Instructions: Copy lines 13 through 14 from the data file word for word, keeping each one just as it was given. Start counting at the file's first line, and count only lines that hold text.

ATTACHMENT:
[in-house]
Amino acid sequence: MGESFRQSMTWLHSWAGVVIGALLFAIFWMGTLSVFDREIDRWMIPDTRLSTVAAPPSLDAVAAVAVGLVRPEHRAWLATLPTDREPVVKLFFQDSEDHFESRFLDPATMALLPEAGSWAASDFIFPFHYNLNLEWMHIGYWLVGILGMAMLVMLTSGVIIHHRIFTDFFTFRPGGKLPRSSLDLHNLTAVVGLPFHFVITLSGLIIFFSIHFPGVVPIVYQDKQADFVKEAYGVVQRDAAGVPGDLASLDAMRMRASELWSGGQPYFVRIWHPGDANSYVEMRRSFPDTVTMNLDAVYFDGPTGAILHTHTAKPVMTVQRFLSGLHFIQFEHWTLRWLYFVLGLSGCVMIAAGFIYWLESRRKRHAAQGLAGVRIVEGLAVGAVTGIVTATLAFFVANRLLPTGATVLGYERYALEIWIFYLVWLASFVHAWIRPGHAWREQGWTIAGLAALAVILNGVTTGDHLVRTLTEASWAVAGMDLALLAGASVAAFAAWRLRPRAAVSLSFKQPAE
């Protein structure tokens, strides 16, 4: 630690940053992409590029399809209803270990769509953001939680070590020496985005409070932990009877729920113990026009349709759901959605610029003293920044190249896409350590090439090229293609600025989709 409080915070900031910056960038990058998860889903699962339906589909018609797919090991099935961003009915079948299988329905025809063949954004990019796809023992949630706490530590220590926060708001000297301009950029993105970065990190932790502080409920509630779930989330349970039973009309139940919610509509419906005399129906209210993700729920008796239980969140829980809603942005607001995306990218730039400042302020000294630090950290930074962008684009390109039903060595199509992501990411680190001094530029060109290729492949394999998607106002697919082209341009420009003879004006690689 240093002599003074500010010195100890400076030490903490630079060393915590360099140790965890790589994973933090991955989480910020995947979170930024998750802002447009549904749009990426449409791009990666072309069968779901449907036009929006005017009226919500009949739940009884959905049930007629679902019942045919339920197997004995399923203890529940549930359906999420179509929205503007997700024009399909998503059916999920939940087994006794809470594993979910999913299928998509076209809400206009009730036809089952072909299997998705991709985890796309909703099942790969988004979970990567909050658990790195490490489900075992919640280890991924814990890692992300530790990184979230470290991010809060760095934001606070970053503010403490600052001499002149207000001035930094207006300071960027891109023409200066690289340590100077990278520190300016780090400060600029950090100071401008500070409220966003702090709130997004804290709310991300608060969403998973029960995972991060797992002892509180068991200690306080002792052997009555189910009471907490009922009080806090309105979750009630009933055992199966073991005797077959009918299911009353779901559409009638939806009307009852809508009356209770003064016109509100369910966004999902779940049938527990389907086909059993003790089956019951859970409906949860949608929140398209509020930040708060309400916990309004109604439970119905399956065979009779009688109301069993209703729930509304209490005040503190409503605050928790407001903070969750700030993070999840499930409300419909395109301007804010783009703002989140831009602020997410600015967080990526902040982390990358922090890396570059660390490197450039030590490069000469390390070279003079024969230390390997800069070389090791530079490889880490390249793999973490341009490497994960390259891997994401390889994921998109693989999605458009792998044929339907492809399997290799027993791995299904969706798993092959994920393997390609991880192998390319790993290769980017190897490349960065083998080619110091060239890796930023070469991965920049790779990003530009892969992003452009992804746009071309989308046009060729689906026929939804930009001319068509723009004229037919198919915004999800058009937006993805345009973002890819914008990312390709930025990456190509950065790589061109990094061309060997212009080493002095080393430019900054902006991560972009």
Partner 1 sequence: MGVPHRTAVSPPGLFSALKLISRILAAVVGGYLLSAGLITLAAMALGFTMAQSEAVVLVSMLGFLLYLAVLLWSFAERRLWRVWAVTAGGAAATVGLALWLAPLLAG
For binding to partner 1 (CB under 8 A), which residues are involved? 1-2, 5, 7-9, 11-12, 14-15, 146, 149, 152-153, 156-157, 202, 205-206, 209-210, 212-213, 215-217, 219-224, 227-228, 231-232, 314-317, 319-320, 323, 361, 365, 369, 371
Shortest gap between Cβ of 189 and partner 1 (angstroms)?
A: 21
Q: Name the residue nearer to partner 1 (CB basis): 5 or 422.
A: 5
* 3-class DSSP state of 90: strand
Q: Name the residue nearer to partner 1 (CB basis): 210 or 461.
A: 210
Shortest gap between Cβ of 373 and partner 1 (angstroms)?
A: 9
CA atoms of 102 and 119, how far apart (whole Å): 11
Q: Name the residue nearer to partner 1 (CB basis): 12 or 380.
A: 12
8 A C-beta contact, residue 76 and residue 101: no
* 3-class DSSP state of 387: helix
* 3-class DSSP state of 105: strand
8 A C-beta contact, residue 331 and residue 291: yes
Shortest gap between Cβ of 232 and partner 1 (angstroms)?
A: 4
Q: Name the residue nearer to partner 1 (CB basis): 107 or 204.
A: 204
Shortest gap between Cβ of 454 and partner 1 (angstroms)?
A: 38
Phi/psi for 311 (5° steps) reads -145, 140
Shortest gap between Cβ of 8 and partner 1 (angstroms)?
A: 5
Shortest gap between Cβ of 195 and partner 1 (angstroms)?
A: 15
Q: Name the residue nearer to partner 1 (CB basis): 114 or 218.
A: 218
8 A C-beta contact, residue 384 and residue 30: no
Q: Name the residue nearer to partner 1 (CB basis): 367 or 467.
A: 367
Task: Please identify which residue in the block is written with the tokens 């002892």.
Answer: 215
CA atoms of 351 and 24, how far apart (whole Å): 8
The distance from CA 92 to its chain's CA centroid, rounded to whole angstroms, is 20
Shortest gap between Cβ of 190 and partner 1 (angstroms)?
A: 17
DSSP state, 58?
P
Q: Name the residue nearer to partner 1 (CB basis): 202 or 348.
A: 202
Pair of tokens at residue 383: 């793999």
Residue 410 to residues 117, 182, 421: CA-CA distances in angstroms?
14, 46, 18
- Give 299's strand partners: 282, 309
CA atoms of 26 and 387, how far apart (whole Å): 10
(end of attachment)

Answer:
Shortest gap between Cβ of 373 and partner 1 (angstroms)?
A: 9